22), Draco ordered the inhabitants of Attica to honour the gods and heroes of their country "in accordance with the usage of their fathers " with offerings of first fruits and sacrificial cakes every year, thereby clearly pointing to a custom of high antiquity.
In many cases these heroes were purely fictitious; such were the supposed ancestors of the noble and priestly families of Attica and elsewhere (Butadae at Athens, Branchidae at Miletus Ceryces at Eleusis), of the eponymi of the tribes and demes.
The earliest Semitic records give its form as y or more frequently k or The form is found in the earliest inscriptions of Crete, Attica, Naxos and some other of the Ionic islands.
Tradition ascribes to Theseus, whom it also regards as the author of the union (synoecism) of Attica round Athens as a political centre, the division of the Attic population into three classes, Eupatridae, Geomori and Demiurgi.
Some had no doubt immigrated to Attica when the rest had long been settled there.
The gross selfishness of the Spartans, herein exemplified, was emphasized by their capture of the Theban citadel, and, after their expulsion, by the raid upon Attica in time of peace by the Spartan Sphodrias, and his immunity from punishment at Sparta (summer of 378 B.C.).
Corinth, Sicyon and Megara, with similar political compromises, mark the limits of Dorian conquest; a Dorian invasion of Attica (c. 1066 B.C.) was checked by the self-sacrifice of King Codrus: "Either Athens must perish or her king."
His investigations into the usages and customs of his native Attica were embodied in an Atthis, in seventeen books, a history of Athens from the earliest times to 262 B.C. Considerable fragments are preserved in the lexicographers, scholiasts, Athenaeus, and elsewhere.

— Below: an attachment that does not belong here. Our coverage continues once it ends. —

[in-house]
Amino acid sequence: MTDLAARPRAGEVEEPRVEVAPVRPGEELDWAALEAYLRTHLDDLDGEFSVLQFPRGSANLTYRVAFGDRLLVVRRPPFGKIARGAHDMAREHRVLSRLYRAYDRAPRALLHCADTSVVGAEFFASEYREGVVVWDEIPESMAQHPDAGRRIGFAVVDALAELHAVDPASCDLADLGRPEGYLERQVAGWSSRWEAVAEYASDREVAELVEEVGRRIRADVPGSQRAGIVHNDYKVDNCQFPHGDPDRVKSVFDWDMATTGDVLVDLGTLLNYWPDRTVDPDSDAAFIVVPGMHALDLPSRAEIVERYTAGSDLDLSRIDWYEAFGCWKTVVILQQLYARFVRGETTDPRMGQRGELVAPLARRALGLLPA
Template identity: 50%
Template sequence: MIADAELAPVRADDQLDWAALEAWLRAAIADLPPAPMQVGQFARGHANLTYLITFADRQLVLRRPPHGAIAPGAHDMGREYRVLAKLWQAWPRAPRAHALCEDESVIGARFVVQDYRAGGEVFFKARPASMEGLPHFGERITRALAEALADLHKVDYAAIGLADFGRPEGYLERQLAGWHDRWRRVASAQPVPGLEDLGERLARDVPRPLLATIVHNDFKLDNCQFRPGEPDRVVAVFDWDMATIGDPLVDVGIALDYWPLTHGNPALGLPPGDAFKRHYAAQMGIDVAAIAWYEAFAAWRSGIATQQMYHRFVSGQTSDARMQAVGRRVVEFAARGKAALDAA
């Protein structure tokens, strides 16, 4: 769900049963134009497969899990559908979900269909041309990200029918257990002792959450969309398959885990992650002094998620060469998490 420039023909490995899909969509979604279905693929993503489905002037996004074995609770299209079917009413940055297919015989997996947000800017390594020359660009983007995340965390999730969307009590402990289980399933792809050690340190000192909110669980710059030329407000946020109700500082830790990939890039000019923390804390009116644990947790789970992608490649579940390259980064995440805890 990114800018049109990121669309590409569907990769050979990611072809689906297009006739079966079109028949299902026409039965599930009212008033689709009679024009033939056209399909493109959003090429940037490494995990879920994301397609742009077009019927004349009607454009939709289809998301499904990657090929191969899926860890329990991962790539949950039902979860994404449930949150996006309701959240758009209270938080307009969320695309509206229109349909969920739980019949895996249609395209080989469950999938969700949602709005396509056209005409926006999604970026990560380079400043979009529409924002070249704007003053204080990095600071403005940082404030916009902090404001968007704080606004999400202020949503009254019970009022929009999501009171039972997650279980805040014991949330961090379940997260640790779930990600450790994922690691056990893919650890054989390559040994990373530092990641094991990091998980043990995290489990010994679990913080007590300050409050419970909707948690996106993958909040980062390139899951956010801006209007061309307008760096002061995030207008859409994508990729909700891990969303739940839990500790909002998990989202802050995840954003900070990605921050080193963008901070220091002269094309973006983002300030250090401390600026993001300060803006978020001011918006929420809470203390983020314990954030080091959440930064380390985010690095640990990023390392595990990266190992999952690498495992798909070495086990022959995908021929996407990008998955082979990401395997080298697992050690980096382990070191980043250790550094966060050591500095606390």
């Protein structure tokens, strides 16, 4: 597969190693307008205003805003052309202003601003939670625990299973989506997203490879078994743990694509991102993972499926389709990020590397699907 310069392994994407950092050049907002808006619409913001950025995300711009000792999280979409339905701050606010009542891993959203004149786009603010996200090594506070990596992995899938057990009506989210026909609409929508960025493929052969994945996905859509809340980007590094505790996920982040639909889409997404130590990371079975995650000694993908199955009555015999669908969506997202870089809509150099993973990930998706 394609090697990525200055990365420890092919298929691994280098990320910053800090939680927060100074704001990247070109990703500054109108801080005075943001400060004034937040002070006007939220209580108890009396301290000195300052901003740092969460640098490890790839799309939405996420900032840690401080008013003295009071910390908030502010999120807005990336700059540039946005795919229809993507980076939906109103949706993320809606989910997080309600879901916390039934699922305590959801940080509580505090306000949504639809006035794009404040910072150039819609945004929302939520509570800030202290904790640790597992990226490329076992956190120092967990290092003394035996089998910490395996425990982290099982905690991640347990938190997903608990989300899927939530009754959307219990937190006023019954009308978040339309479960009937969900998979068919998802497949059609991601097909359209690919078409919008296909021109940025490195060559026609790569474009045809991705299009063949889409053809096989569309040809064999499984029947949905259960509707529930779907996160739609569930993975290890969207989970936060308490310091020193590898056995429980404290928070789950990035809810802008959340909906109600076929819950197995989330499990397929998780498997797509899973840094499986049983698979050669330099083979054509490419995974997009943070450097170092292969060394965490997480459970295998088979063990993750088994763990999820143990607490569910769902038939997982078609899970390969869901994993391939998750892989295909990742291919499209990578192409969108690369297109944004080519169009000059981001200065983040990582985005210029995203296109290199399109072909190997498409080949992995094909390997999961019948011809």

Philochorus also wrote on oracles, divination and sacrifices; the mythology and religious observances of the tetrapolis of Attica; the myths of Sophocles; the lives of Euripides and Pythagoras; the foundation of Salamis.
Monte Matto, hence the modern name Trello Vouni), a mountain in Attica, bounding the Athenian plain on the S.E.
Games in his honour were held at Thebes and Marathon and annual festivals in every deme of Attica, in Sicyon and Agyrium (Sicily).
The flames of revolt now spread across the Isthmus of Corinth: early in April the Christians of Dervenokhoria rose, and the whole of Boeotia and Attica quickly followed suit; at the beginning of May the Mussulman inhabitants of Athens were blockaded in the Acropolis.
Amongst his authorities were the writers of Atthides (histories of Attica), the grammarian Didymus, Dionysius of Halicarnassus, and the lexicographer Dionysius, son of Tryphon.
Clans) of Attica met to discuss their affairs.